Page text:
As conservatives locked in a never-ending fight to protect the Second Amendment, we spend a lot of time defending the right to bear arms. This extends, in many cases, to the right to bear arms in public. And so we have debates about concealed-carry, open carry, gun-free zones, permits, and all the rest.
But what doesn’t get talked about much is the duty that comes with a license to carry a concealed weapon. For one, this topic has little to do with the most important thing, which is to preserve our basic constitutional rights. For another, it’s a largely philosophical issue. Some will say that a permit confers upon the holder no duty other than to obey the law. Others insist that it comes with the duty to protect one’s self and one’s family if given the opportunity to do so.
But what about the larger duties? We’ve argued for a long time that mass shooters, terrorists, and other criminals might not be so quick to act if they knew their victims were armed. Some have even speculated on how certain events – take your pick of recent tragedies – might have gone a different way if an armed hero had been able to step in and stop the bloodshed. Does it then follow that anyone with a concealed carry permit has a duty not just to the law and not just to his loved ones, but also to the larger community?
Donald Trump thinks so. He released a statement to Breitbart this week on the subject, and it’s one of the more interesting things he or any other Republican have said in quite some time.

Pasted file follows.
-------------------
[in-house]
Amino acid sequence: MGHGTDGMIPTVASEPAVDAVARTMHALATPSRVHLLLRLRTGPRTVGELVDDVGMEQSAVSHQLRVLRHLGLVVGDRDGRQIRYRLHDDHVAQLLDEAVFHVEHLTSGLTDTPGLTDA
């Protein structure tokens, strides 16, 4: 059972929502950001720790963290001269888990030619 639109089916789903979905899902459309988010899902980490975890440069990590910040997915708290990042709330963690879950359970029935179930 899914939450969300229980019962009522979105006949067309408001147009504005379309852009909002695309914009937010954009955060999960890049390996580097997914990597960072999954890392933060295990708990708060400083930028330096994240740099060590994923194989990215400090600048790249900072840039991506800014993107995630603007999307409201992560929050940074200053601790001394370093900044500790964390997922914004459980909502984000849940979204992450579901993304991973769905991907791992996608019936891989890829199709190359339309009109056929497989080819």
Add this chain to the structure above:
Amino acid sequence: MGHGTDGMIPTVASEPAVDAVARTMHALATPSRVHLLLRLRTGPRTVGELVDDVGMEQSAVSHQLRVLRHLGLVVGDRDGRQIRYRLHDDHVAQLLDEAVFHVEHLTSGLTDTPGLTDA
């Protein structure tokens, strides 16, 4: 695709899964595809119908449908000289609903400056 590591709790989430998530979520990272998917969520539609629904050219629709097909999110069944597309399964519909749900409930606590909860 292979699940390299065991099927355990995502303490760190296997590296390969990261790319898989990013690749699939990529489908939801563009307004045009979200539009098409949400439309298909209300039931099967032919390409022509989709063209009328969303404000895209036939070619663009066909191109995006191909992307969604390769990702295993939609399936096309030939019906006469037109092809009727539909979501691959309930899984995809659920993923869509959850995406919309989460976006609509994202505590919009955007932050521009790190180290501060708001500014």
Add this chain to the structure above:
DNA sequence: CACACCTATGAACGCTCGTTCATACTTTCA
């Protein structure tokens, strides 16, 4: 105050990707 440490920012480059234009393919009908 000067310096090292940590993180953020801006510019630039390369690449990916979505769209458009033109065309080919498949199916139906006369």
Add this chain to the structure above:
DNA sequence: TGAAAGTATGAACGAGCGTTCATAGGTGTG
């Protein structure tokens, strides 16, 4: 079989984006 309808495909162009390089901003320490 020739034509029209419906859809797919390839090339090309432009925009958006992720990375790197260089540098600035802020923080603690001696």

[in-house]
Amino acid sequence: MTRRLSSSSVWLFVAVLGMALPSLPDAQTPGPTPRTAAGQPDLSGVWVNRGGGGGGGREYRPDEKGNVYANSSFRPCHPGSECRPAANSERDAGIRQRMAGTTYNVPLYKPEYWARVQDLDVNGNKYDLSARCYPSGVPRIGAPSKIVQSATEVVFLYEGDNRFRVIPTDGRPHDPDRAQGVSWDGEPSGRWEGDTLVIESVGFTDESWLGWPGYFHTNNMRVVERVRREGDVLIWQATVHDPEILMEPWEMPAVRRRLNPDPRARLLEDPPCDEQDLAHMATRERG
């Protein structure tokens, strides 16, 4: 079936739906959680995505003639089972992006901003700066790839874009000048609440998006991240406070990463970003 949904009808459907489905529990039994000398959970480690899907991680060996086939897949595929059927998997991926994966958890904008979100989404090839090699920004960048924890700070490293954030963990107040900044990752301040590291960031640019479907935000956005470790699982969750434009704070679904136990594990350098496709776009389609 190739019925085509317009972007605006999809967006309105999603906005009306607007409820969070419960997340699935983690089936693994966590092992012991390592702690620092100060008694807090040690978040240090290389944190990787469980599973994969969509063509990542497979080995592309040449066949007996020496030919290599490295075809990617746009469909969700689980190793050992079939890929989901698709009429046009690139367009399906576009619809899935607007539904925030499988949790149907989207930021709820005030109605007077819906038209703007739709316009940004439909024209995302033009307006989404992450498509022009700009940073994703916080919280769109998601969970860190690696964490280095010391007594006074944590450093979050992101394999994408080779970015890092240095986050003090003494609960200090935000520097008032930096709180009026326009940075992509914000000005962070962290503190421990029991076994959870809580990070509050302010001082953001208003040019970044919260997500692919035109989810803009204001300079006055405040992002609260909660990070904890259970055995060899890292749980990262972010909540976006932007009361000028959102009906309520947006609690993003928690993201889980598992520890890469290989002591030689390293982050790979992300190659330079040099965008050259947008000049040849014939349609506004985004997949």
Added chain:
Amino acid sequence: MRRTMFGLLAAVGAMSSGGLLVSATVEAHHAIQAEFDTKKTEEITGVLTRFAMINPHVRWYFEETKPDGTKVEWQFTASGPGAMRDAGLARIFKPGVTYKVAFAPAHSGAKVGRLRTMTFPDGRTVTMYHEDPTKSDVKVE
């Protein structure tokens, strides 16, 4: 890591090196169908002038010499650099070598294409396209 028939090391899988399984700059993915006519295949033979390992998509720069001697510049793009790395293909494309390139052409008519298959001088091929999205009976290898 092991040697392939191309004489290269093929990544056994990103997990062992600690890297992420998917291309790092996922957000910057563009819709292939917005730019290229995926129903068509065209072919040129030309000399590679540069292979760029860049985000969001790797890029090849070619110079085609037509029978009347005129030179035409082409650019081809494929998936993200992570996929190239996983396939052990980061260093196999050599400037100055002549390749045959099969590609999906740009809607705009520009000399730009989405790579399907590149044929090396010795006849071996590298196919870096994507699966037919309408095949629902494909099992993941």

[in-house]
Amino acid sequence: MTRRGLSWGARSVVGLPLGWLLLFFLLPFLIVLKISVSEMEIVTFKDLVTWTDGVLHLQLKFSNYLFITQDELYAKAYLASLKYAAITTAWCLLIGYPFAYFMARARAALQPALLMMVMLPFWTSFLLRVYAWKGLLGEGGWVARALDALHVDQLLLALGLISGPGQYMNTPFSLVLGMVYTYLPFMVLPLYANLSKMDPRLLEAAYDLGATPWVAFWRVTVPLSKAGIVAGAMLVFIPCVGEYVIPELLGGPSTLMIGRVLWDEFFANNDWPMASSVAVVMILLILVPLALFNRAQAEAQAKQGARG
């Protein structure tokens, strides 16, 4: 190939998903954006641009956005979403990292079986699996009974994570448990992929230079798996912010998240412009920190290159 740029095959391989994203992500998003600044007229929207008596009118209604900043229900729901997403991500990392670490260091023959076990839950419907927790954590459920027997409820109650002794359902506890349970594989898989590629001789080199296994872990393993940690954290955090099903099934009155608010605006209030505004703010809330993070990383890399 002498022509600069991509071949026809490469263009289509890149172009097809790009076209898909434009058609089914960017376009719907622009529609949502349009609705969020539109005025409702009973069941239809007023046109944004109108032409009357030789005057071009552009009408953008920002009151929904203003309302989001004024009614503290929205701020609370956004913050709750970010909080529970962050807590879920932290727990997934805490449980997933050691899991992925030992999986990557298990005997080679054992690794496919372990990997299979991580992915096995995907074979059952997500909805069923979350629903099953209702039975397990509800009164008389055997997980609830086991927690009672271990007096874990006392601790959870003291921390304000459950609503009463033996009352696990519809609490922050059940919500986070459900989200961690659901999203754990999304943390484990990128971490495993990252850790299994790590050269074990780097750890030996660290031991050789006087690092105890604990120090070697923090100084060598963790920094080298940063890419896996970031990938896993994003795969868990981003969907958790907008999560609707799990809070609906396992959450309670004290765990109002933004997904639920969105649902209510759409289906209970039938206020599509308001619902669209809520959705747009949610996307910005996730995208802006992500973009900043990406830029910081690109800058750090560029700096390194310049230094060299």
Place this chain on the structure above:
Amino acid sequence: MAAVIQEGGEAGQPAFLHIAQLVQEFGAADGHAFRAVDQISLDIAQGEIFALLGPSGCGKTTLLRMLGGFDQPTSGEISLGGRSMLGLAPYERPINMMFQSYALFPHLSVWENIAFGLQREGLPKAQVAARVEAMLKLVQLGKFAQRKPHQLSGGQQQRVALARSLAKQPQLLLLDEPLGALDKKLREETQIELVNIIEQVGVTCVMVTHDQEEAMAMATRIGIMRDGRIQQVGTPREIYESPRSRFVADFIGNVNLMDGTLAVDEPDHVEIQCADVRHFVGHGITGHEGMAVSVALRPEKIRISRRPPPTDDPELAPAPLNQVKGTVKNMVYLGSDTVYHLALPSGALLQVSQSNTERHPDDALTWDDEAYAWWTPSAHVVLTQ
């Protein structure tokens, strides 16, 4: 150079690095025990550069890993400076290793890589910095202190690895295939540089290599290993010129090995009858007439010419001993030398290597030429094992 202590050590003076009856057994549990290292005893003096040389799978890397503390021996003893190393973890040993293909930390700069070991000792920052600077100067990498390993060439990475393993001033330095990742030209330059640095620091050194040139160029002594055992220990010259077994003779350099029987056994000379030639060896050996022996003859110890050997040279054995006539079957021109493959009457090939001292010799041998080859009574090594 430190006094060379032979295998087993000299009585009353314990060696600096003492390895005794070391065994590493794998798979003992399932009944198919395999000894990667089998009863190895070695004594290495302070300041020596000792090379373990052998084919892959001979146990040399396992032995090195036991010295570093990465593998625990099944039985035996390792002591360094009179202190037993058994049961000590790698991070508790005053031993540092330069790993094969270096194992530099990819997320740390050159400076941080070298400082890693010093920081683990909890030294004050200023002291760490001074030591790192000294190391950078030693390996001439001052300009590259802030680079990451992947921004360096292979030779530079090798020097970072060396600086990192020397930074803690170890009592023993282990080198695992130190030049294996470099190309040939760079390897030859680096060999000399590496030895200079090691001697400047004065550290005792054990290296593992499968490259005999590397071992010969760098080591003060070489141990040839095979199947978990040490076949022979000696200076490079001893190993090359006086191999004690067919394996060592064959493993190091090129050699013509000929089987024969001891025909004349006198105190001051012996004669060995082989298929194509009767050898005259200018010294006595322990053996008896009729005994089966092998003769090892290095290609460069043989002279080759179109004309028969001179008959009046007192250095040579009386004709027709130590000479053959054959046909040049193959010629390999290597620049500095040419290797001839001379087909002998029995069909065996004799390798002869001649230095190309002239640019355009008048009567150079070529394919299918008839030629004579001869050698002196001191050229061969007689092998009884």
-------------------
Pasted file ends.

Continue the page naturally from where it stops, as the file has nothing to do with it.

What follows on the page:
“Carrying a weapon is not always feasible or appropriate,” Trump wrote. “However, given the increased tensions that are the result of continued, escalating terrorism around the world, more legitimately armed individuals on the streets is a positive outcome. Each permit holder must make the decision to carry or not carry. I will carry more often than I have in the past, and I am sure other concealed permit holders will do the same. Do we have an obligation to carry? The answer is “yes,” but we must do it in such a way as to raise serious doubts in the minds of those who might be considering violence in America. Deterring violence is far better than dealing with the aftermath of an act of terror. Less blood, more security. That is what will make America great again.”
As Trump says, each and every permit holder has to make the decision for himself. But it’s a decision worth thinking about. We don’t need any “reason” to exercise our right to bear arms, any more than we need a reason to exercise our right to free speech. But if we are not just taking up space – if we have some higher purpose than merely gaining the maximum amount of pleasure out of life – then we won’t just babble to hear ourselves talk. And perhaps then, we won’t just carry to feel the weight of the gun.